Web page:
The coolest thing about my job is taking a walk down memory lane

Fred McCormick
Black Mountain News
Fred McCormick

“What’s the coolest thing about being a newspaper reporter?”

That’s probably the question that comes up most often when people learn I write for The Black Mountain News or recognize me out in the community.

You’d think that after hearing that for five years I’d have some standard go-to answer, but it’s never as easy as it would seem.

Obviously meeting so many people, each with their own unique story about how they came to the Swannanoa Valley or what it was like growing up here, ranks up there. Those stories provide insight into what makes this community special. So it’s pretty common for me to respond along those lines.

But in the day-to-day grind of trying to stay on top of the things that matter to readers and why, there is nothing more exciting than digging through the archives.

The Black Mountain News began covering the Swannanoa Valley in 1945, announcing on the front page of its inaugural edition that “Black Mountain and Swannanoa Now Have Their Own Newspaper.”

Since then, it has provided weekly accounts of significant events throughout the area and included the voices and stories of countless residents. This week, as I was doing research for a story, I caught a glimpse into life in the Valley a quarter of a century ago.

I didn’t live here in 1993, but the stories I’ve heard about the snowfall that March are legendary. That year, the “Storm of the Century,” which is also commonly referred to as the “Great Blizzard of 1993,” dumped snow all over the eastern side of the continent.

The March 18, 1993 edition of the paper barely made it out as half of the staff were unable to make it to the office. The feature story that week led with the news that a “massive snow has placed hundreds in the Swannanoa Valley at great risk.”

It was reported the following week that 20 - 30 inches of snow “held the Valley captive for a tense four-day period.”

In the spring of that year, four homes on Piney Mountain burned down when a faulty furnace in a vacant rental property ignited a blaze that covered 450 acres.

Folks enjoying a nice summer day around Lake Tomahawk in July of 1993 were all looking up as four parachuters descended from the sky and splashed down into the small body of water. The following fall, another group was meeting at the lake to discuss the health risks of an increasing population of ducks, geese and pigeons.

The Lake Tomahawk Advisory Committee held a meeting that October to discuss the risks associated with the waste of the fowl. The late Dr. John Wilson, the chairman of that committee, warned that while feeding the ducks was a longstanding tradition at the lake, it would likely need to cease.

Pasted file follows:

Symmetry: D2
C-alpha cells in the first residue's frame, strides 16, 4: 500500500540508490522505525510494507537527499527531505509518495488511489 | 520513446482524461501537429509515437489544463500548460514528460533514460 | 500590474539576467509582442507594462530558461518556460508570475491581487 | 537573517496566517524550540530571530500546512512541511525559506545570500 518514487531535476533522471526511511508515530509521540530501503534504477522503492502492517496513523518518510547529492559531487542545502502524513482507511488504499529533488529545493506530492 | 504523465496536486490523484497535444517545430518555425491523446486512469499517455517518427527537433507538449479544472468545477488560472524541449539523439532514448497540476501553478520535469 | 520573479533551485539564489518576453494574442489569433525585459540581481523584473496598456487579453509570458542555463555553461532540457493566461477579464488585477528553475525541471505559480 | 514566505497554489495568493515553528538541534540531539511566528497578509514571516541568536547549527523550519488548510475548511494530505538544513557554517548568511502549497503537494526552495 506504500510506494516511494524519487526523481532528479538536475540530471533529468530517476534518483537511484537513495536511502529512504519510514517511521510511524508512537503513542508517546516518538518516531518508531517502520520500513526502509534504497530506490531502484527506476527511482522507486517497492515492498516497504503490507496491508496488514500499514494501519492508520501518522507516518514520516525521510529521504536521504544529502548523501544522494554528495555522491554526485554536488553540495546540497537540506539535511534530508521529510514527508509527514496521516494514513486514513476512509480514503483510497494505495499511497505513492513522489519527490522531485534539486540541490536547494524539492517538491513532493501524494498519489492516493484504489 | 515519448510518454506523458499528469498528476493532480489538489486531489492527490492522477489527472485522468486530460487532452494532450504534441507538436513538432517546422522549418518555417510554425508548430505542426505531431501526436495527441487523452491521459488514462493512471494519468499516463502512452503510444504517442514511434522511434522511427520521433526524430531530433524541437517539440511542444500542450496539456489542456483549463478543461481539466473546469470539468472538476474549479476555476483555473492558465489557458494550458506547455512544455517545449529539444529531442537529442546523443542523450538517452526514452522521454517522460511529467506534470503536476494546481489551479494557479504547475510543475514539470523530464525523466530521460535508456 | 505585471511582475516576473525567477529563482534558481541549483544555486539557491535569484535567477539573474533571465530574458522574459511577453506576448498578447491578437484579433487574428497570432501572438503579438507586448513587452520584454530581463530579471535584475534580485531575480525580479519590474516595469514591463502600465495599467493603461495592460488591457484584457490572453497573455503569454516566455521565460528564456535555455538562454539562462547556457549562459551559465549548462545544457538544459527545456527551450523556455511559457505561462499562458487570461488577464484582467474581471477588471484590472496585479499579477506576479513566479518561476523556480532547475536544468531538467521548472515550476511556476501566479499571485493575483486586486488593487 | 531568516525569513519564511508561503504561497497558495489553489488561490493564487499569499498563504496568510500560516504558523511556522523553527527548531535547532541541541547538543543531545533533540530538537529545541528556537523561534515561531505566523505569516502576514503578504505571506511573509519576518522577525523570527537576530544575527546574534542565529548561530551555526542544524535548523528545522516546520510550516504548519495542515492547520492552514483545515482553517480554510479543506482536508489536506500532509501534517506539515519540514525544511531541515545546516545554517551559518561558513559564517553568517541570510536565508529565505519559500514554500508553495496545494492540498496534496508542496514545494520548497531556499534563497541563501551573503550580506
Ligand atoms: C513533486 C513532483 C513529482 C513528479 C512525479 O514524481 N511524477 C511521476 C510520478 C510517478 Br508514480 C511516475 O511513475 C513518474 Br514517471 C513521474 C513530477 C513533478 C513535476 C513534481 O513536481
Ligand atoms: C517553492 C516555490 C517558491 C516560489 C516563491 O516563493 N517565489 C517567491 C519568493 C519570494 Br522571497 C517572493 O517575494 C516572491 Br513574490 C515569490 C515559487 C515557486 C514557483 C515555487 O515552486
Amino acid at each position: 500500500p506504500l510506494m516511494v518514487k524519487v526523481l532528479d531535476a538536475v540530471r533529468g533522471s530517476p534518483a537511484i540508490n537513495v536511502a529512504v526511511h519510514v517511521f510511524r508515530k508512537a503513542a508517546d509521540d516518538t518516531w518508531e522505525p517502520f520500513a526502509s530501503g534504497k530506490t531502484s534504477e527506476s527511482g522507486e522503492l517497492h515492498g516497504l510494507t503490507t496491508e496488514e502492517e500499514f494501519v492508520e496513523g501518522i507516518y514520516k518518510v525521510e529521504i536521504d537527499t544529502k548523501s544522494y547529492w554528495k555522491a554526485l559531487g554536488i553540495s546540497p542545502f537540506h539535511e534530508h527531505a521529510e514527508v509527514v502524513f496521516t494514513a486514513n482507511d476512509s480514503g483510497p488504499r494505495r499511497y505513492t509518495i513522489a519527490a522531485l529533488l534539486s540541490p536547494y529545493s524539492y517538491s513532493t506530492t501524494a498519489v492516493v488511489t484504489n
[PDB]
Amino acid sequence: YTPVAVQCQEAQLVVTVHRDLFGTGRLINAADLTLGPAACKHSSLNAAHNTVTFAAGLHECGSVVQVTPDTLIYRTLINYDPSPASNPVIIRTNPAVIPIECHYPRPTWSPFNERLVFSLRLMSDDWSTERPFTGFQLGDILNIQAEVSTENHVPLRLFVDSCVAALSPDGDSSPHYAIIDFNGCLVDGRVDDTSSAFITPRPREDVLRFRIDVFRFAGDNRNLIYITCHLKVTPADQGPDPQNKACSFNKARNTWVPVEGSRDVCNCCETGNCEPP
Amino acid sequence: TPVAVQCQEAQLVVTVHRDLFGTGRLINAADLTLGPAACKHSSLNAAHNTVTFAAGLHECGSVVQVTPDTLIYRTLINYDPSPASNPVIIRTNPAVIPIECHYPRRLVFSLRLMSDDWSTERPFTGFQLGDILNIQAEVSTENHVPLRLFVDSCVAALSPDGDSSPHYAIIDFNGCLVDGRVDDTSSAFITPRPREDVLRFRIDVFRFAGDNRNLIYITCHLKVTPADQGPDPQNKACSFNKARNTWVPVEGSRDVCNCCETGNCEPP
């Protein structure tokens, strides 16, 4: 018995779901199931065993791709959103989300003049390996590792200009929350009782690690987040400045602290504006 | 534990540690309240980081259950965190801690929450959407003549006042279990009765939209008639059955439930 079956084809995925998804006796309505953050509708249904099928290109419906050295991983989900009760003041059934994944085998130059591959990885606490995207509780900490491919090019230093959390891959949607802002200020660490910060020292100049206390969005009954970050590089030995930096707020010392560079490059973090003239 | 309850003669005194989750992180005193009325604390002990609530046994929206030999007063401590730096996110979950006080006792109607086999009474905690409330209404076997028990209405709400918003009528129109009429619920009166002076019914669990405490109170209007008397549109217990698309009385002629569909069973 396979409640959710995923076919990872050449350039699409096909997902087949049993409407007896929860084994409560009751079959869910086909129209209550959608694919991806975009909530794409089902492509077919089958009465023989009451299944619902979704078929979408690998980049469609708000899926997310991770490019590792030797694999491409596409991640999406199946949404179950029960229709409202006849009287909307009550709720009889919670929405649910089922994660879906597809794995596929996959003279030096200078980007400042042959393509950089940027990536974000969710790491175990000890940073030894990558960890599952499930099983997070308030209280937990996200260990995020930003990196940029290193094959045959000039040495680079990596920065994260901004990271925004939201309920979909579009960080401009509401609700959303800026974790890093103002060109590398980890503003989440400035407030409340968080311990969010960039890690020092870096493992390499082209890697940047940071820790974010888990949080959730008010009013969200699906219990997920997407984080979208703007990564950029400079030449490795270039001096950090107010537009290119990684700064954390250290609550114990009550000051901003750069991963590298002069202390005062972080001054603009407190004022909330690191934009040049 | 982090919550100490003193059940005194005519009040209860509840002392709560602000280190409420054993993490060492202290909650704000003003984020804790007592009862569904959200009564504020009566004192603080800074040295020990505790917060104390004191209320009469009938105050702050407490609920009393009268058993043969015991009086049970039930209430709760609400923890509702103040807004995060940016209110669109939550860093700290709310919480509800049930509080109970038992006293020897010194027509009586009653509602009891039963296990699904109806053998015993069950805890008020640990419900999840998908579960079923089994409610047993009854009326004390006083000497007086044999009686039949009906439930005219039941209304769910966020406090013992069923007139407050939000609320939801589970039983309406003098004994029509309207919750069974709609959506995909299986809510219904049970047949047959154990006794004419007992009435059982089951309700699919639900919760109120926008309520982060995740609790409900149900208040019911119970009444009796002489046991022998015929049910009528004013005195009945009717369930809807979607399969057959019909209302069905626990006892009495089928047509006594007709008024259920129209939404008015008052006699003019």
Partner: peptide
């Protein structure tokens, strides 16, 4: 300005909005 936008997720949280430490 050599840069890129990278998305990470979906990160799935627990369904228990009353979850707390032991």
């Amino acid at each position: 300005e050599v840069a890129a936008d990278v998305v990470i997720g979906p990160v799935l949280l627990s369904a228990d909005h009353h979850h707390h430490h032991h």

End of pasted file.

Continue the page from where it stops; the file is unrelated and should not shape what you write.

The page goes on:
On the east side of Black Mountain, what now serves as a landmark for many was unveiled.

The Western Carolina State Veterans Cemetery opened on Oct. 18, 1993. The site, which is now dotted with tombstones of veterans, took over a year to build. It was The state Legislature approved funding for the project after three of the state’s four veterans cemeteries were full. Gordon Greenwood, a Black Mountain native who owned The Black Mountain news from 1946-1967 and served in the N.C. House of Representatives for nearly three decades, was instrumental in its creation.

The Town of Black Mountain celebrated a century in existence that year as well.

A monument along Sutton Avenue was erected on the site of a former loading dock by the Centennial Commission and dedicated to 40 influential families from the first 100 years of the town. A large eagle was affixed to the top. 

The commission also posthumously recognized Laurence Brown, the son of Black Mountain’s first mayor, who would go on have a 34-year career in law enforcement. Brown became the sheriff of Buncombe County in 1926 and spent two years as the chief of the Black Mountain Police Department before being elected sheriff again.

Two-way radios were installed in patrol cars in 1933 under Brown’s leadership and his efforts to combat juvenile crime were recognized nationally. His junior deputy program, which taught children good citizenship, reached an estimated 15,000 kids.

As the 1993 drew to a close, Black Mountain Auxiliary Police Chief Johnny Raines and the Black Mountain Police Reserve Christmas Project provided food for 50 families in the Swannanoa Valley.

Children sat with Santa Claus as the food and gifts, which were paid for by the department’s fundraising efforts, were distributed.

There are 74 years of archived newspapers here at The Black Mountain News, and each one tells the story of this valley and the people in it.

While seeing my byline along with the likes of the men and women who have kept this thing going strong all this time is something that will always make me proud, it’s the unique opportunity to get to know this place we call home that is the coolest part about it.